The global workforce today is the most diverse and blended in the history of humankind. We have Baby Boomers, Generation X, Generation Y, and now iGen all working and living together. Simultaneously, we are more vocal and outspoken than ever before as well. It’s an incredible challenge for human resource departments to manage the various personalities, morals, and beliefs evenly and fairly.

If you turn on the news, you will see that protests are happening more frequently all over the county–and the world, for that matter. I believe a huge part of this comes from social media, because social media shines a light on areas where there was darkness. It also gives a microphone to those who would otherwise not have one, and subsequently, everyone wants to be heard.

Impact of Protests

There have been political demonstrations and protests regarding police brutality in places like Texas, Minnesota, Wisconsin, Missouri, New York, Louisiana,  Washington, California, and Arizona. These protests have gone international with demonstrations in London, Berlin, and Amsterdam.

In Tennessee, a major bridge was shut down for several hours as 1,000 protesters gathered, causing major gridlock and problems for warehouse managers, truck drivers, and supply chain logistics for local businesses. Between wages, fuel costs, and billable hours and overtime for police officers, it’s estimated that hundreds of thousands of dollars were lost.

The University of Missouri’s freshman enrollment is reported to have dropped by as much as 23% due to recent campus protests, causing a $32 million budget shortfall.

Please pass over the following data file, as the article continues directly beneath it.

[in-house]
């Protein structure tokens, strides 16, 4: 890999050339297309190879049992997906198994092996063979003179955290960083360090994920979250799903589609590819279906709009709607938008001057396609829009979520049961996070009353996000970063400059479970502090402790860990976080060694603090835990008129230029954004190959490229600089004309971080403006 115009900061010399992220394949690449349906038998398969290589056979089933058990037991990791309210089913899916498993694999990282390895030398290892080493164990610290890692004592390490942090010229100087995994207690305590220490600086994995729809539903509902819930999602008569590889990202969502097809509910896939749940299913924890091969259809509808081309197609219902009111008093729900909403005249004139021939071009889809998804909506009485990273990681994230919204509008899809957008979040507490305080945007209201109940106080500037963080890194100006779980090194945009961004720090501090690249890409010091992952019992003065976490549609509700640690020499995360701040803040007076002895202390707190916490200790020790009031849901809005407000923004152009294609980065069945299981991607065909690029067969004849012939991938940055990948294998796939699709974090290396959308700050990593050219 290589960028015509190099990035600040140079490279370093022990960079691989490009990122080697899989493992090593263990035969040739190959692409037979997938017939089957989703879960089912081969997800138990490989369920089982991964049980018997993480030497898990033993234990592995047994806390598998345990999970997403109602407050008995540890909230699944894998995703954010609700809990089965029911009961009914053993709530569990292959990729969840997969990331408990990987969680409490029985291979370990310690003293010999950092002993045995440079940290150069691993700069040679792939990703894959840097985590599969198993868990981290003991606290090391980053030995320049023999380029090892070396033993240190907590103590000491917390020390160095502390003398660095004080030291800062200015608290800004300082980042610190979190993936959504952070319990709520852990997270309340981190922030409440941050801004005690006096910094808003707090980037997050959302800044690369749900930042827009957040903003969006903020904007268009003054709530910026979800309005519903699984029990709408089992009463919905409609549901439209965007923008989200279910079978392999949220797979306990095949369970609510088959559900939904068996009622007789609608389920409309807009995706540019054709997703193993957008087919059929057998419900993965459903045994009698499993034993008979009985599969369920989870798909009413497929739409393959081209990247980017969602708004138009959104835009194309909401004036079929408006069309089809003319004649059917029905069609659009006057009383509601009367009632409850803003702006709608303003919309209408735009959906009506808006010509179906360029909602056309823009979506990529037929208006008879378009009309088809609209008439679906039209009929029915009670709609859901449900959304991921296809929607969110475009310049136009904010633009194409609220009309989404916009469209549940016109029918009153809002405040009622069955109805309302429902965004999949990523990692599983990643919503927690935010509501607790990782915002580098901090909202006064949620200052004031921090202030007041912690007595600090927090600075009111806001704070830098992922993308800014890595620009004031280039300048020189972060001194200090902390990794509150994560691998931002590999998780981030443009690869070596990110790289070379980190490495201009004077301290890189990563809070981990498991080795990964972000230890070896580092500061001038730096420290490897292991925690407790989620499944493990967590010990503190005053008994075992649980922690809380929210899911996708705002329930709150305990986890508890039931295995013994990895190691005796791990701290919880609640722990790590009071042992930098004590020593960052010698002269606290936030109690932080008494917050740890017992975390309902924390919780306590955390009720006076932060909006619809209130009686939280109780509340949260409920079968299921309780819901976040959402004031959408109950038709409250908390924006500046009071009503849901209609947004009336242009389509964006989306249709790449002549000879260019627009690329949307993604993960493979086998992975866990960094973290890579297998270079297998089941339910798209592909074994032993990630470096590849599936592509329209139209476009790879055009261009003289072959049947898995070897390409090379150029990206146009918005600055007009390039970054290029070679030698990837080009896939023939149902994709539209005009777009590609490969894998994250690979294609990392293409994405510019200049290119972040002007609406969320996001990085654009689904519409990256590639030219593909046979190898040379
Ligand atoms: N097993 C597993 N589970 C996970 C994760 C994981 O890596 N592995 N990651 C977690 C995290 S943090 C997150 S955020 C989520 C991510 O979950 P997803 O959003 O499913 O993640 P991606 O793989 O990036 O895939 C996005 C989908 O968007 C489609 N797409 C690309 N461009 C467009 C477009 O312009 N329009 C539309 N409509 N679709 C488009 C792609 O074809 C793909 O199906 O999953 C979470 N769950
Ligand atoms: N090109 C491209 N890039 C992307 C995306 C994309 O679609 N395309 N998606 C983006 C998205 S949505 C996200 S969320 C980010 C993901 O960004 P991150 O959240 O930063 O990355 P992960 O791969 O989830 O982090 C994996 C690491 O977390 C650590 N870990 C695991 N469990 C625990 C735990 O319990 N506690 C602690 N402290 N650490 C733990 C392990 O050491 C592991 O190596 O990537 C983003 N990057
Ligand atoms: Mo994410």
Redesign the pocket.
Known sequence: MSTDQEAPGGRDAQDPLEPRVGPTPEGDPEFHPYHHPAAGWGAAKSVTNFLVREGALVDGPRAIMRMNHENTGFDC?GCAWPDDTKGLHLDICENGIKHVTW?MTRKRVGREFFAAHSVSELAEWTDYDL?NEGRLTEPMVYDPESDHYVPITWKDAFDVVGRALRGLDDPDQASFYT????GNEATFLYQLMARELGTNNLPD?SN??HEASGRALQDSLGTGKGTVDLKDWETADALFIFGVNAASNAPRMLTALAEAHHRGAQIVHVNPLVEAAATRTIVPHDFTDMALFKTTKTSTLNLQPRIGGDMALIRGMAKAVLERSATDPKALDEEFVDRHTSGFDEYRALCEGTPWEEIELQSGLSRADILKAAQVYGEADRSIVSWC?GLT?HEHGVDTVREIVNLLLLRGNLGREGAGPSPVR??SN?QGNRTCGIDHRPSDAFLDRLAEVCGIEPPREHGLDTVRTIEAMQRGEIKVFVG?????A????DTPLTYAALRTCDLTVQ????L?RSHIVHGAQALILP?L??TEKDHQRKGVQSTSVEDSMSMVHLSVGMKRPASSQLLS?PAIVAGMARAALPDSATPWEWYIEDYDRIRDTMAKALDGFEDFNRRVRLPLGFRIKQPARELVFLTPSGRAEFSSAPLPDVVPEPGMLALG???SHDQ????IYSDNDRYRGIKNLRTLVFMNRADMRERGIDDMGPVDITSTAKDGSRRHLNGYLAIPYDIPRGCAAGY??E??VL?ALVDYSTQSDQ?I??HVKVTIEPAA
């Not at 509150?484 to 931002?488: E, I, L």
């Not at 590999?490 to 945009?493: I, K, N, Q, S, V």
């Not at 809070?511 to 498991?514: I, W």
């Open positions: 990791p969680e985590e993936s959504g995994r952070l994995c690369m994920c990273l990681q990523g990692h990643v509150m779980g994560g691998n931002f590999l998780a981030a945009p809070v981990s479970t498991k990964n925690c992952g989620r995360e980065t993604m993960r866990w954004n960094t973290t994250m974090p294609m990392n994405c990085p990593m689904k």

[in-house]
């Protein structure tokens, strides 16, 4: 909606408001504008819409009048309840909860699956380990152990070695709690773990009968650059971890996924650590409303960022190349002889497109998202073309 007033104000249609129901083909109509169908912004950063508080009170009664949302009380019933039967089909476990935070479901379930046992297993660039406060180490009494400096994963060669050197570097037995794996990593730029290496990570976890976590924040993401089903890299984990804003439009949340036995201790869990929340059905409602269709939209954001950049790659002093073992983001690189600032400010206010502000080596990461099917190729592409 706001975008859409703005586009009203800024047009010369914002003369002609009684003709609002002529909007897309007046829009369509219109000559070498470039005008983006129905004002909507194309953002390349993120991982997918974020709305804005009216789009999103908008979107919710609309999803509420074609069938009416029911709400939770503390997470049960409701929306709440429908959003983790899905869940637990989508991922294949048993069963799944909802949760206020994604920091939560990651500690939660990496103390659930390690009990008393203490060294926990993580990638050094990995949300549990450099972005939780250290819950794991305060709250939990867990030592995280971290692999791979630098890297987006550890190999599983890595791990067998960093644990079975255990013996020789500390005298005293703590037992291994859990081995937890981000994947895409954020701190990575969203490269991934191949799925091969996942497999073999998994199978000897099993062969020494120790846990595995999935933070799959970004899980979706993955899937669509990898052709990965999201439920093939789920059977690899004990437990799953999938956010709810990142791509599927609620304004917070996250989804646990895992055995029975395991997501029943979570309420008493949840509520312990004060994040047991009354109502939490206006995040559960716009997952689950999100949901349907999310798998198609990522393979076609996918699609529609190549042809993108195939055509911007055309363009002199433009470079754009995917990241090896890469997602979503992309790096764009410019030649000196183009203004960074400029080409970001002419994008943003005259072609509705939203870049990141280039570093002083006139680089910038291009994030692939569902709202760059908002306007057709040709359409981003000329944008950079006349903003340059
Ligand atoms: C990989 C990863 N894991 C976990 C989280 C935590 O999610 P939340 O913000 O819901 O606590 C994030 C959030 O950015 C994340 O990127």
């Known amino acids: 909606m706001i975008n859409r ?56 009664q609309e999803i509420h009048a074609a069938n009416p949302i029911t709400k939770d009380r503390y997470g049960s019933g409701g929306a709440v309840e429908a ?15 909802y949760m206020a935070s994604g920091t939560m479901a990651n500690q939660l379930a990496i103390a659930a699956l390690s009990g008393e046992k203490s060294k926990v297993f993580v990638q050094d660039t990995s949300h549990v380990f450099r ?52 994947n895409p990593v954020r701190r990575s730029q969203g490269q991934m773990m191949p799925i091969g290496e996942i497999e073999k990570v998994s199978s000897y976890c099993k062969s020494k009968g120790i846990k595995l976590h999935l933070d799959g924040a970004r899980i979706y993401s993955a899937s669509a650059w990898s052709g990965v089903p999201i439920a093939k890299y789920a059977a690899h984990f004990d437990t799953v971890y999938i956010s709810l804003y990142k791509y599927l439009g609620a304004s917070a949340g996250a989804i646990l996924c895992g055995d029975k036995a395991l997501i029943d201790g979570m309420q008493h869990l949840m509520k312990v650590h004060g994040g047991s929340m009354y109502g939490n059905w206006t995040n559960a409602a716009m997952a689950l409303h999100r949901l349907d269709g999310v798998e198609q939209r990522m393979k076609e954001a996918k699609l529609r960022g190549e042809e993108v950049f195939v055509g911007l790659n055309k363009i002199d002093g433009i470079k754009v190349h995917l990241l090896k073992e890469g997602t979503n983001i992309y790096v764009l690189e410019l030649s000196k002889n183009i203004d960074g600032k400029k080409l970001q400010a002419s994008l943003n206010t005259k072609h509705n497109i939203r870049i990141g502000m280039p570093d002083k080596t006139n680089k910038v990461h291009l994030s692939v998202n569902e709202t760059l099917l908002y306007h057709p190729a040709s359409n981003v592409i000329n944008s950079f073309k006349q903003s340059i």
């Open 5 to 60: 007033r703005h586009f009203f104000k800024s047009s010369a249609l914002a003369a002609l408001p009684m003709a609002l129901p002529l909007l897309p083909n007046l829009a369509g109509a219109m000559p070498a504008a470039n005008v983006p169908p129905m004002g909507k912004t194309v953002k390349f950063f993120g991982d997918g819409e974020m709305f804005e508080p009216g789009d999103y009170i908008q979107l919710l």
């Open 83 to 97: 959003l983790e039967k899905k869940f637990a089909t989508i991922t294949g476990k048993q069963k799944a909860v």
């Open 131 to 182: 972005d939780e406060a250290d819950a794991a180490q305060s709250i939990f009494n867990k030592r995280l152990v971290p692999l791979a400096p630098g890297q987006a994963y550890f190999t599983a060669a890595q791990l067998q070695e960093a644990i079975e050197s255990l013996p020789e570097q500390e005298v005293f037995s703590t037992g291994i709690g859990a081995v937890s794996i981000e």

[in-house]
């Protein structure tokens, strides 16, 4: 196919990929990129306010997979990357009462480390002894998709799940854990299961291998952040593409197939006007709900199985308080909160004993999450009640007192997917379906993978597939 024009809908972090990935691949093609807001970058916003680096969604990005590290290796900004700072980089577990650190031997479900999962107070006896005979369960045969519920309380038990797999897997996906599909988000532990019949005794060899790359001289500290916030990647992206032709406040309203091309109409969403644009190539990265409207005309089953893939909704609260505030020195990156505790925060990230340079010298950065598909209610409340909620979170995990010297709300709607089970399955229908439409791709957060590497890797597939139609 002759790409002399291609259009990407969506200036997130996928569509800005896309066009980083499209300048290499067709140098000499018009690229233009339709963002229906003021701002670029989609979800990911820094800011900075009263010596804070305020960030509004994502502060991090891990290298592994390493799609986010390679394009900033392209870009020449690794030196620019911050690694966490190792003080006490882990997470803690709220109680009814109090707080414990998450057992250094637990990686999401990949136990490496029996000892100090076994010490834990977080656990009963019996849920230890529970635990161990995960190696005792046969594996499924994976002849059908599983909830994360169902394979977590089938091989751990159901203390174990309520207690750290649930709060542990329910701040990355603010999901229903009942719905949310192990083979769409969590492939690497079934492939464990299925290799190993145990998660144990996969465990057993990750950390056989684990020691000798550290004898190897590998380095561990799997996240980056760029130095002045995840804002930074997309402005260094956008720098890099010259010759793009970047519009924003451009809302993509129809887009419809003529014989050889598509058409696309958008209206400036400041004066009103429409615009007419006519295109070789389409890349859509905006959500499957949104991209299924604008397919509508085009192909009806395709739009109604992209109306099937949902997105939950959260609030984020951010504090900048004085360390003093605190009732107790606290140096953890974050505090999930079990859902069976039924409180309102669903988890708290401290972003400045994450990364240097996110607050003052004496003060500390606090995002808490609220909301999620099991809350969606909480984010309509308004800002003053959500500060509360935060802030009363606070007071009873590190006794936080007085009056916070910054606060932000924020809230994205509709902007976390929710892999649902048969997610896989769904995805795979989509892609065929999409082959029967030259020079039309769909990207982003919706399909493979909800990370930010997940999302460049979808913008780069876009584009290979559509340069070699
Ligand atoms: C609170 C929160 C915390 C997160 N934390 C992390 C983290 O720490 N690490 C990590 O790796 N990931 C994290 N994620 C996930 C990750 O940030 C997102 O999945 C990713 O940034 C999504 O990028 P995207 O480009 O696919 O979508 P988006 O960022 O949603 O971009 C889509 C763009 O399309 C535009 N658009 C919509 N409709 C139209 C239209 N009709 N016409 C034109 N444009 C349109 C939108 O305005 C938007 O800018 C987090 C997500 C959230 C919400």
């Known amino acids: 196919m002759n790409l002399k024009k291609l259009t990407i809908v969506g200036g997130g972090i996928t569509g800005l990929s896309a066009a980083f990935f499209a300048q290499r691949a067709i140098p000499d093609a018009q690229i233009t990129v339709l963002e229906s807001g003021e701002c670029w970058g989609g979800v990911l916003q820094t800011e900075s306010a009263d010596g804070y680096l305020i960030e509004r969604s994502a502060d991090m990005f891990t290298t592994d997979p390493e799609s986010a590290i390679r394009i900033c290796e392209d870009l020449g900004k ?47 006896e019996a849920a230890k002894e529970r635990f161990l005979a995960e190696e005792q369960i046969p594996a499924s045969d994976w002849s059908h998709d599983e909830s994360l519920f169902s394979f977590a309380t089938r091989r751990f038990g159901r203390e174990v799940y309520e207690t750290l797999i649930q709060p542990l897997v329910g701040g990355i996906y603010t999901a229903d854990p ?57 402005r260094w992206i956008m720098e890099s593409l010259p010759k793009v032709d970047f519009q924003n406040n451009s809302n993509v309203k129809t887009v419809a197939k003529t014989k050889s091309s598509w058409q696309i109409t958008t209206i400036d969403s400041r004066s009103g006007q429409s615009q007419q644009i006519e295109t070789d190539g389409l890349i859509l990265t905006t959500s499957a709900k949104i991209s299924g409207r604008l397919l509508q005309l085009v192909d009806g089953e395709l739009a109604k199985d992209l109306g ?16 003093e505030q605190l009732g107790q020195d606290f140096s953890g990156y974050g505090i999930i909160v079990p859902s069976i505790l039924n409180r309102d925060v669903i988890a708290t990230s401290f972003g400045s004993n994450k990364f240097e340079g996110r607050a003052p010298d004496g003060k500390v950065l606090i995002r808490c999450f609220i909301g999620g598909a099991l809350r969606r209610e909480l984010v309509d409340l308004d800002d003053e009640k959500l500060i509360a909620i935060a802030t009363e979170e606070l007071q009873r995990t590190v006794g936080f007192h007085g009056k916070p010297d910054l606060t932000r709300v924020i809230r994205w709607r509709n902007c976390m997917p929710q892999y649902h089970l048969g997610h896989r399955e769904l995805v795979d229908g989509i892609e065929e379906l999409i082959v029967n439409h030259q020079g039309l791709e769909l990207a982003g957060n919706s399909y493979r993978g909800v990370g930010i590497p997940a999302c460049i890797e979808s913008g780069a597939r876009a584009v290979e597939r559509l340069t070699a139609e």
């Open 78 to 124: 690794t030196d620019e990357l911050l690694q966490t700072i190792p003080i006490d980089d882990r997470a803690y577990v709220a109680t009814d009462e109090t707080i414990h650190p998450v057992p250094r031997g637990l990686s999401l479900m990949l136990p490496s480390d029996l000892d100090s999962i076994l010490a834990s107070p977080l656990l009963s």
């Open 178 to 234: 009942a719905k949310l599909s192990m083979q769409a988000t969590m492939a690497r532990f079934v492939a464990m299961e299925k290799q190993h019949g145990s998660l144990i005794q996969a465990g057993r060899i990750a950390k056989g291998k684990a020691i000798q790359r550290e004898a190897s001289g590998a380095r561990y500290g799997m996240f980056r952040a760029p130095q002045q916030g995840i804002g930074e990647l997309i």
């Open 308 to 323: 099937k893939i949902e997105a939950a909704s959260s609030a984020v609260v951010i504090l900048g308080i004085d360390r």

Are you prepared if politics and protests collide at work? Here are some real-life examples.

Scenario #1
One day an employee wears a “Black Lives Matter” t-shirt to work. Another employee is offended by this action, which prompts him to wear an “Blue Lives Matter” t-shirt the next day. And that causes yet another employee to wear an “All Lives Matter” t-shirt to work the following day. And naturally, all three come to your office to complain and file charges of racism. What’s your office policy?

Scenario #2
It’s an election year in the United States, and it has been a very heated and divisive contest surrounded with election protests. So, what if someone wears an “I’m with Her” (as in Hiliary Clinton) t-shirt and someone else wears a “Stump for Trump” (as in Donald Trump) t-shirt and it causes a heated debate that nearly turns physical? Are you equipped to handle this type of situation?

Scenario #3
Or what would you do if one of your employees refuses to provide service to a police officer as a protest, and the exchange goes viral? Now your company is thrown into the headlines for the actions of one employee who has a problem with law enforcement.

4 Ways to Manage Civil Unrest, Politics, and Protests at Work

  1. Examine and update your policies. If you don’t have a policy on this, then create one. Be sure your policy starts with a statement of respect and appreciation of diversity, and then reiterate the importance of mutual respect, empathy, and compassion. Then, outline the policy which should in plain language detail the company’s stance on highly sensitive issues and expected behavior for all employees.
  2. Be tough but fair. Every workforce has potential for unrest–don’t think it won’t happen to you. Be prepared by making it clear that bullying, name calling, threats, intimidation, and personal conflicts will not be tolerated. Remember your Title VII of the Civil Rights Act training – know your protected classes and do not allow anyone to violate them on your watch.